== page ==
Much has been written about the benefits of vitamin D, but how much do you really know? And could you determine for yourself just how much vitamin D you should take for good health? Or how your body produces vitamin D?
Few people can, but vitamin D is a critical part of child development and adult bone health. It was first identified when scientists discovered that giving it as a supplement could prevent rickets in children, particularly dark-skinned children, in dark northern inner-city neighborhoods.
That specific fact is a clue as to how vitamin D is formed. Unlike most vitamins, your body can manufacture vitamin D from a cholesterol precursor when you expose your skin to sunlight. If your skin is dark or you wear sunscreen, you need more sunlight. Those black children in northern city neighborhoods were severely sunlight starved, robbing them of the benefits of vitamin D.
Lately, scientists have found other benefits of vitamin D: energy metabolism, boosting the immune system, and prevention of a particular type of thigh muscle weakness that contributes heavily to falls as we age. MS and other similar autoimmune diseases like lupus and type 1 diabetes are rare at the equator, but more common the further north you go – indicating that vitamin D has something to do with how these diseases are initiated. Children who get a lot of sunlight don’t develop these diseases at the same rate as children who don’t.
And it must be sunlight. While you can take vitamin D supplements, and are almost certainly taking vitamin D in your milk, oral vitamin D does not absorb into the body as well as vitamin D produced by your skin, so cannot give you the full benefits of vitamin D. (And besides, studies have shown that milk does not contain a reliable level of vitamin D, often containing higher or lower levels than stated on the label.) A scant half-hour of sunlight outside, not through a window, is generally enough to create all the vitamin D you need in a day – and the half hour can be spread apart throughout the day. Other sources of vitamin D include fish and fish oil, but few foods overall contain this vitamin.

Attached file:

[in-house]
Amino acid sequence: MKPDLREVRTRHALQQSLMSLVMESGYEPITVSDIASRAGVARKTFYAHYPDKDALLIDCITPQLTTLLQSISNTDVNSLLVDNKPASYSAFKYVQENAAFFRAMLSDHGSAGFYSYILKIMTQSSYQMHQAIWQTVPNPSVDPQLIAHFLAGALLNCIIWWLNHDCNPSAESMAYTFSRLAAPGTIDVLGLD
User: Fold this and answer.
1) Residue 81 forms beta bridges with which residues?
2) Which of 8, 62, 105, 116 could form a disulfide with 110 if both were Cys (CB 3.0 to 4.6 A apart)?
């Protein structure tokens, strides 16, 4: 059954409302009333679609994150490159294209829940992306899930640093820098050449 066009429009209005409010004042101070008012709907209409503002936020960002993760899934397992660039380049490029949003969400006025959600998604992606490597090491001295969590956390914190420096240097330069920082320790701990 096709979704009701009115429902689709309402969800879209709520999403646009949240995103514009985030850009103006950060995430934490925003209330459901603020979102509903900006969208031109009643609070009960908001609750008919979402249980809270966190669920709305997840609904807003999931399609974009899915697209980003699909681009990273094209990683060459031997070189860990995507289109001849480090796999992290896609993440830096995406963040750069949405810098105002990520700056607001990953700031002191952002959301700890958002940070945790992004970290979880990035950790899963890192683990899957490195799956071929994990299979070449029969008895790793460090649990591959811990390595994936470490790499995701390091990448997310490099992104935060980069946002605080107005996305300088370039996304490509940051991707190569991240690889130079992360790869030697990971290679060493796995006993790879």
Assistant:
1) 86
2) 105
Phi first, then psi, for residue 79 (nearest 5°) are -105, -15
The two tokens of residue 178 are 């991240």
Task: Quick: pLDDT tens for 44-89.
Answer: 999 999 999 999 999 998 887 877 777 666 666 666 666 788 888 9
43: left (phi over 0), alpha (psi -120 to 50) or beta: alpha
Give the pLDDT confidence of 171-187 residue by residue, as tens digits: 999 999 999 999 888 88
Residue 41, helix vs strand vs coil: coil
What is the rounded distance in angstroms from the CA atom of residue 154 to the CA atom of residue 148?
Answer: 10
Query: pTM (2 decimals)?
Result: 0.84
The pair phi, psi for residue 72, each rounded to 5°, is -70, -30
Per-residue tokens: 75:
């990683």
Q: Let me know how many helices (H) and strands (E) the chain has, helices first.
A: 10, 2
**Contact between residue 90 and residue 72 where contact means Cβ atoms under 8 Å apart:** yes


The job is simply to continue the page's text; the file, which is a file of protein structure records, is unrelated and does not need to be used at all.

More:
It is possible to take too much vitamin D. Toxicity, however, only occurs if you’re taking a supplement; no matter how much sunlight you get, you can never overdose on skin-synthesized vitamin D. Symptoms of toxicity are vague and include nausea, vomiting, weight loss, irritability, fatigue, dehydration, and constipation, and toxicity can cause kidney stones and overcalcification of the bones. Detoxing vitamin D is fairly easy; just eat a low-calcium diet for about a month, which is how long vitamin D stays in your system.
The most important sign of inadequate vitamin D intake is osteomalacia, where your bones do not get enough calcium and therefore start to weaken. This is almost impossible to detect before serious damage has been done. It’s wiser, and won’t hurt anything, to just start getting more sunlight just in case so that you will be certain to profit from the benefits of vitamin D. A few minutes’ exposure daily is enough for vitamin D production, but not enough to put you at any serious risk of skin cancer.
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